“... From the day the [writers'] strike ended to the first day of shooting was three months, so we had to write the script in those three months, handing in pages at the end of every day so they could be prepped. It was crazy. We finished writing the movie two weeks ago, literally.”
co-writer Roberto Orci, as quoted in Superhero Hype, June 23 2009
You can't make stuff like this up, folks.
Look, you knew Revenge Of The Fallen was going to suck. I knew it was going to suck. Everybody knew it was going to suck as only Michael Bay movies do nowadays. So why is it on pace for the fifth-best opening of all time?
Put it this way: forty-six percent of this country voted for John McCain, remember?
I kid, I kid. To be fair, there were moments where Revenge improved upon its' predecessor: the opening sequence and Optimus Prime's last stand in the forest delivered what everybody was looking for – Giant Robots Kicking The Sh-t Out Of Each Other. And with bolstered rosters for both the Autobots and Decepticons, Orci, co-writers Alex Kurtzman and Ehren Kruger and director Michael Bay got to raise the stakes, if not necessarily the casualties, in a logical fashion from the first film. The increased interplay between Megatron and Starscream was suitably full of venom, and the Decepticons' eye in the sky, Soundwave, was a capable villain in his own right.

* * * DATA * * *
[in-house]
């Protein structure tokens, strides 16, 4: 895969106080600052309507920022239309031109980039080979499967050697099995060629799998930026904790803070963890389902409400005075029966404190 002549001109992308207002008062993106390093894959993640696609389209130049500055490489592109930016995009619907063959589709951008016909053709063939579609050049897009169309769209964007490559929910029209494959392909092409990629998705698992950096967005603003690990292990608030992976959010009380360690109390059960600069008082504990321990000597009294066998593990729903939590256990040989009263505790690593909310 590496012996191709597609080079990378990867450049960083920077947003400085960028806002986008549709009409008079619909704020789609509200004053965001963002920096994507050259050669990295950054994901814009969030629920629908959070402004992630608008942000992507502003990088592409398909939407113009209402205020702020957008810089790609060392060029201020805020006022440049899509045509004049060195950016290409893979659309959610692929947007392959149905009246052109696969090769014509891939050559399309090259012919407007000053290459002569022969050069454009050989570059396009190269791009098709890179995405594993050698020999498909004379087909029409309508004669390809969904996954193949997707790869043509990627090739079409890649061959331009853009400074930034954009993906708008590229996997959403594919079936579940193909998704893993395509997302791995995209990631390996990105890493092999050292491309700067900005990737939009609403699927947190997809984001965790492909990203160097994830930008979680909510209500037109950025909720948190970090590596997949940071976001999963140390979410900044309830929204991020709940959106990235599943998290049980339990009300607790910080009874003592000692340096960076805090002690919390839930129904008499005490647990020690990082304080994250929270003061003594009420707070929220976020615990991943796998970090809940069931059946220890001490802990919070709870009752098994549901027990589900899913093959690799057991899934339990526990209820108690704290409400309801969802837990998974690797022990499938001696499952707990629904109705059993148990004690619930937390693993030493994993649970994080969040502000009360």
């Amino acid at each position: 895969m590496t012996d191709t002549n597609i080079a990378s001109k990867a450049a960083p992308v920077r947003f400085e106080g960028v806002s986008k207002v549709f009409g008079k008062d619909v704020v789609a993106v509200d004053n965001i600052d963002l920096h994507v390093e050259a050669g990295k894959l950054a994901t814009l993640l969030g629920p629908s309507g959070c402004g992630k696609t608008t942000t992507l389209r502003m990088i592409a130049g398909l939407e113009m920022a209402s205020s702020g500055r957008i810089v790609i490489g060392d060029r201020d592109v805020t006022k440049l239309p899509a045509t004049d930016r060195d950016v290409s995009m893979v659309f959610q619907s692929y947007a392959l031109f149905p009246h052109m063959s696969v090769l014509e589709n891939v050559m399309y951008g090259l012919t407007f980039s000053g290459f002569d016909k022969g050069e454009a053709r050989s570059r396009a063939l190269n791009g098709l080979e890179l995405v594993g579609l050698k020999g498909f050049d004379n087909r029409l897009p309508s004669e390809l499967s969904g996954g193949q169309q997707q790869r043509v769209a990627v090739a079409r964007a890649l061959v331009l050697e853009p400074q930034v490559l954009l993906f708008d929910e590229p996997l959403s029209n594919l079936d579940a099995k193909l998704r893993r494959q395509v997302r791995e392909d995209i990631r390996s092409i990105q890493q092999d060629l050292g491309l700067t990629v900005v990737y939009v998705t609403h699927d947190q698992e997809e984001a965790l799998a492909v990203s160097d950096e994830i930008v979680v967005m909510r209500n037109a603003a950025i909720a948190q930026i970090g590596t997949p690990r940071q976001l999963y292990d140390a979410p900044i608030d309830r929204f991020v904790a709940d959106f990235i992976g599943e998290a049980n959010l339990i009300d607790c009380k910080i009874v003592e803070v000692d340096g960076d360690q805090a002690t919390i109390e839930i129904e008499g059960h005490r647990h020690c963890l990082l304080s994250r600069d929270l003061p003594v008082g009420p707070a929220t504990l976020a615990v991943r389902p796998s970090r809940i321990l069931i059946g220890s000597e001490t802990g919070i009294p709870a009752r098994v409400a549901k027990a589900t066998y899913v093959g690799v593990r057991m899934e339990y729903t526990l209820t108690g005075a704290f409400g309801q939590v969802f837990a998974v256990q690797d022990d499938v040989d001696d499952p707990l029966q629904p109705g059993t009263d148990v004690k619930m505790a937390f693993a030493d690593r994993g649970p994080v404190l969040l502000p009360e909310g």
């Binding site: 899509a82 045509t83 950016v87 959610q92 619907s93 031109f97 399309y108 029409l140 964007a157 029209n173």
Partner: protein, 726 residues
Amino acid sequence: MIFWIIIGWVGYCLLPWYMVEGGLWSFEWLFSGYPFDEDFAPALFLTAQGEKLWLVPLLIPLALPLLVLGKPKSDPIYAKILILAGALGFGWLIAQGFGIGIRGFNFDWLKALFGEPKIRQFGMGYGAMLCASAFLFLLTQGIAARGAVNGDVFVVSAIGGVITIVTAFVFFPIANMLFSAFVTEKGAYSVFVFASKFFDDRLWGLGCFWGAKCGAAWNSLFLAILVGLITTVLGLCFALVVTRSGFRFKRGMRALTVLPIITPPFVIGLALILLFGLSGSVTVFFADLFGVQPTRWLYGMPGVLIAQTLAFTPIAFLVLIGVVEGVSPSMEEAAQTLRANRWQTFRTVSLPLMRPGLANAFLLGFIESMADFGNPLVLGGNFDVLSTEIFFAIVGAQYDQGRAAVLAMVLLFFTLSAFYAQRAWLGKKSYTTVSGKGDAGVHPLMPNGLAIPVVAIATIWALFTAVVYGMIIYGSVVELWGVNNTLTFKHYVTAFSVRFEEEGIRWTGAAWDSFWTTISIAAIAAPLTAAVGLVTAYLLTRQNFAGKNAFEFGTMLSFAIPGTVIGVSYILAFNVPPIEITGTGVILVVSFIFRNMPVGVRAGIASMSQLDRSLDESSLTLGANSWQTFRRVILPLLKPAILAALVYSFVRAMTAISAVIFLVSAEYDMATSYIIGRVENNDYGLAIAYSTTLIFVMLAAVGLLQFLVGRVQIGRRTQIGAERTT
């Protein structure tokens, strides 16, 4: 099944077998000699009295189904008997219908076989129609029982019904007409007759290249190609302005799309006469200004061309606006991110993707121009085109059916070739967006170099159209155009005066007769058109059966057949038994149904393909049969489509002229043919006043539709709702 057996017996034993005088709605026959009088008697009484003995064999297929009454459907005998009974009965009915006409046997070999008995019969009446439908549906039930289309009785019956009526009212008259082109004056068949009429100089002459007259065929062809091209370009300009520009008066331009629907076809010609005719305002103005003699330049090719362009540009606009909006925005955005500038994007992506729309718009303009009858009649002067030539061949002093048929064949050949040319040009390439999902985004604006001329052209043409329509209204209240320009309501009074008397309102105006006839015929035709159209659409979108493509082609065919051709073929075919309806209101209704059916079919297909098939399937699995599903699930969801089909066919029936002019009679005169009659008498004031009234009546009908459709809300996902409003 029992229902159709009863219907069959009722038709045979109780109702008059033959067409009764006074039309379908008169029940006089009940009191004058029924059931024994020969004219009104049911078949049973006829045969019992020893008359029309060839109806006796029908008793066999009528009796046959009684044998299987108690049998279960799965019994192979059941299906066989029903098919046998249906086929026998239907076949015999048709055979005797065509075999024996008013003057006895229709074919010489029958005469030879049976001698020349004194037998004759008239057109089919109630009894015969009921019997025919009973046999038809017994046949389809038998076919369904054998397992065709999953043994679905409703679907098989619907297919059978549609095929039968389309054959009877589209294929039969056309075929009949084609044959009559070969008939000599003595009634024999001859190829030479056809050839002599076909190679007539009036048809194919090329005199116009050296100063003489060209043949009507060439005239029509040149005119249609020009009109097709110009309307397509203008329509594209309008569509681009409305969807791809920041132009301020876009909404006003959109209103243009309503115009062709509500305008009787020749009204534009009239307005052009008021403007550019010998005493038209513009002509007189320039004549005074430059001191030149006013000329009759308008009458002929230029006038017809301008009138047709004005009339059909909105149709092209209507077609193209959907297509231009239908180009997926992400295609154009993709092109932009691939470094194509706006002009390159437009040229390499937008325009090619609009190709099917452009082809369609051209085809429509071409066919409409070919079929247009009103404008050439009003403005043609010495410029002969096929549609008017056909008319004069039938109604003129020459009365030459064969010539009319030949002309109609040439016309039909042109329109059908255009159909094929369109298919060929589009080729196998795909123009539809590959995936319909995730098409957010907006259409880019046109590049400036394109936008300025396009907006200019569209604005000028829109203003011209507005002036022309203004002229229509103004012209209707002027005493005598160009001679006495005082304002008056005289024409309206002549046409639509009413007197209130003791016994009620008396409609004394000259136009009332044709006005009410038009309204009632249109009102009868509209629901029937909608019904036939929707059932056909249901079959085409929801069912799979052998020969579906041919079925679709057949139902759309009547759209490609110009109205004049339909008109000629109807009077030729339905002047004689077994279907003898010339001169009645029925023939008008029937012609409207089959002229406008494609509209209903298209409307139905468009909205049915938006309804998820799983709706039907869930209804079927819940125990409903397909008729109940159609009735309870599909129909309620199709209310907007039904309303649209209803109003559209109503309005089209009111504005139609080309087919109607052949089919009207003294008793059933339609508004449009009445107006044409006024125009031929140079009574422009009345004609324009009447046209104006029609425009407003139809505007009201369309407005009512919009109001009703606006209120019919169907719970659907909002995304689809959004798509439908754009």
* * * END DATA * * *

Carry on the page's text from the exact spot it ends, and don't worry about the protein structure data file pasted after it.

But the problem – and this is always Bay's problem – is that nobody on the creative team here can resist going from increase to excess. And, sure, we got more robots and more battles, but the biggest problem with the first film only got worse here: Too much LaBeouf; too much Fox; too many humans, period. None of these people, though integral to the story because of creative choice, were the reason to go see this movie.
Likewise, the idea of the Autobots working with a military ops squad makes sense; the silent, sad reaction of human ally, Lennox (Josh Duhamel) to Prime's apparent demise is as close as the film comes to invoking a sincere emotion. But again, Bay undermines both that moment and Duhamel's performance with his constant fawning over the U.S. Military, to the point of making any other fighting forces look like chumps.
So watching Optimus fight for his and Sam's (LaBouf) lives in the forest, which could have been a welcome callback to his self-sacrifice in the animated feature, is undone from within – too many cut-backs to a cowering Sam and a score that JUST WON'T SHUT UP throughout the film, with invasive “orchestral” touches and faux-inspiring chants.
So to assuage those who just say critics are “hating” on this film because it's Stuff Blowing Up, let me assure you, that's not the problem. It's the crap that Bay and the writers – Orci & Kurtzman gave us much more enjoyable escapism just a month ago with Star Trek - lump in with it. It's Sam's “vision;” it's the Twins; it's the dog-sex jokes and Sam's annoying parents; it's the 20 shots of Fox and Labouf setting the screen inert with their non-chemistry; it's the things that take a movie from mindless fun to just plain mindless. And no amount of money can buy back the feeling of wasting three hours of your life.